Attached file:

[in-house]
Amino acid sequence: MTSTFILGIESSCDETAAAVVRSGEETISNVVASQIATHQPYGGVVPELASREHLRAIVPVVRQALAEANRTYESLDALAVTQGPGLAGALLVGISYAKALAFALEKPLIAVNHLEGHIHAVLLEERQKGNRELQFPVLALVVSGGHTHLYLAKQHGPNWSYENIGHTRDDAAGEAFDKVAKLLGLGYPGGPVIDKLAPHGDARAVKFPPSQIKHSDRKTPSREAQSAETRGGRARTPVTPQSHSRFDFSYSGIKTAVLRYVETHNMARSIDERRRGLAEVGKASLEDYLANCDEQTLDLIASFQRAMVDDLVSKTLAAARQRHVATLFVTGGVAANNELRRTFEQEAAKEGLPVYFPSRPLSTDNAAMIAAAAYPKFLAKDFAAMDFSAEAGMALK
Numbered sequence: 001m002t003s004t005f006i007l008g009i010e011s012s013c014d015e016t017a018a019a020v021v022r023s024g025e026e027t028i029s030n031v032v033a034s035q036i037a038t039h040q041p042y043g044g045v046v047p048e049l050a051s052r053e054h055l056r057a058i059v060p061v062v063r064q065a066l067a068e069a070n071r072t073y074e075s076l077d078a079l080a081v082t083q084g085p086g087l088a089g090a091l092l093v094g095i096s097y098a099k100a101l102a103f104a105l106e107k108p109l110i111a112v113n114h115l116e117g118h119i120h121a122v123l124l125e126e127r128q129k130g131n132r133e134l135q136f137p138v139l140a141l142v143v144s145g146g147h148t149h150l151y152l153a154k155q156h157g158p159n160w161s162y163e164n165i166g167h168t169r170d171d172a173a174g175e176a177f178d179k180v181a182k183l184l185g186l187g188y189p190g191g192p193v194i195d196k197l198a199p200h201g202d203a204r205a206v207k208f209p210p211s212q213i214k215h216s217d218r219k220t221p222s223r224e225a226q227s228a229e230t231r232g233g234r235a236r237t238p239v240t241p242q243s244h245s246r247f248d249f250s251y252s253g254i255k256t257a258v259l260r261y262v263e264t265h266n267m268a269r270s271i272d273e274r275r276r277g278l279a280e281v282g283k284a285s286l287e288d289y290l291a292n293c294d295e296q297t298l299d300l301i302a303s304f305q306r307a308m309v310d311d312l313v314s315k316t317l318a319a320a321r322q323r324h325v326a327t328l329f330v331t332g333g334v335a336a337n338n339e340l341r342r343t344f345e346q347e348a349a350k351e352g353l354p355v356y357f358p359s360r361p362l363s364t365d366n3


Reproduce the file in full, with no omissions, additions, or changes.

[in-house]
Amino acid sequence: MTSTFILGIESSCDETAAAVVRSGEETISNVVASQIATHQPYGGVVPELASREHLRAIVPVVRQALAEANRTYESLDALAVTQGPGLAGALLVGISYAKALAFALEKPLIAVNHLEGHIHAVLLEERQKGNRELQFPVLALVVSGGHTHLYLAKQHGPNWSYENIGHTRDDAAGEAFDKVAKLLGLGYPGGPVIDKLAPHGDARAVKFPPSQIKHSDRKTPSREAQSAETRGGRARTPVTPQSHSRFDFSYSGIKTAVLRYVETHNMARSIDERRRGLAEVGKASLEDYLANCDEQTLDLIASFQRAMVDDLVSKTLAAARQRHVATLFVTGGVAANNELRRTFEQEAAKEGLPVYFPSRPLSTDNAAMIAAAAYPKFLAKDFAAMDFSAEAGMALK
Numbered sequence: 001m002t003s004t005f006i007l008g009i010e011s012s013c014d015e016t017a018a019a020v021v022r023s024g025e026e027t028i029s030n031v032v033a034s035q036i037a038t039h040q041p042y043g044g045v046v047p048e049l050a051s052r053e054h055l056r057a058i059v060p061v062v063r064q065a066l067a068e069a070n071r072t073y074e075s076l077d078a079l080a081v082t083q084g085p086g087l088a089g090a091l092l093v094g095i096s097y098a099k100a101l102a103f104a105l106e107k108p109l110i111a112v113n114h115l116e117g118h119i120h121a122v123l124l125e126e127r128q129k130g131n132r133e134l135q136f137p138v139l140a141l142v143v144s145g146g147h148t149h150l151y152l153a154k155q156h157g158p159n160w161s162y163e164n165i166g167h168t169r170d171d172a173a174g175e176a177f178d179k180v181a182k183l184l185g186l187g188y189p190g191g192p193v194i195d196k197l198a199p200h201g202d203a204r205a206v207k208f209p210p211s212q213i214k215h216s217d218r219k220t221p222s223r224e225a226q227s228a229e230t231r232g233g234r235a236r237t238p239v240t241p242q243s244h245s246r247f248d249f250s251y252s253g254i255k256t257a258v259l260r261y262v263e264t265h266n267m268a269r270s271i272d273e274r275r276r277g278l279a280e281v282g283k284a285s286l287e288d289y290l291a292n293c294d295e296q297t298l299d300l301i302a303s304f305q306r307a308m309v310d311d312l313v314s315k316t317l318a319a320a321r322q323r324h325v326a327t328l329f330v331t332g333g334v335a336a337n338n339e340l341r342r343t344f345e346q347e348a349a350k351e352g353l354p355v356y357f358p359s360r361p362l363s364t365d366n3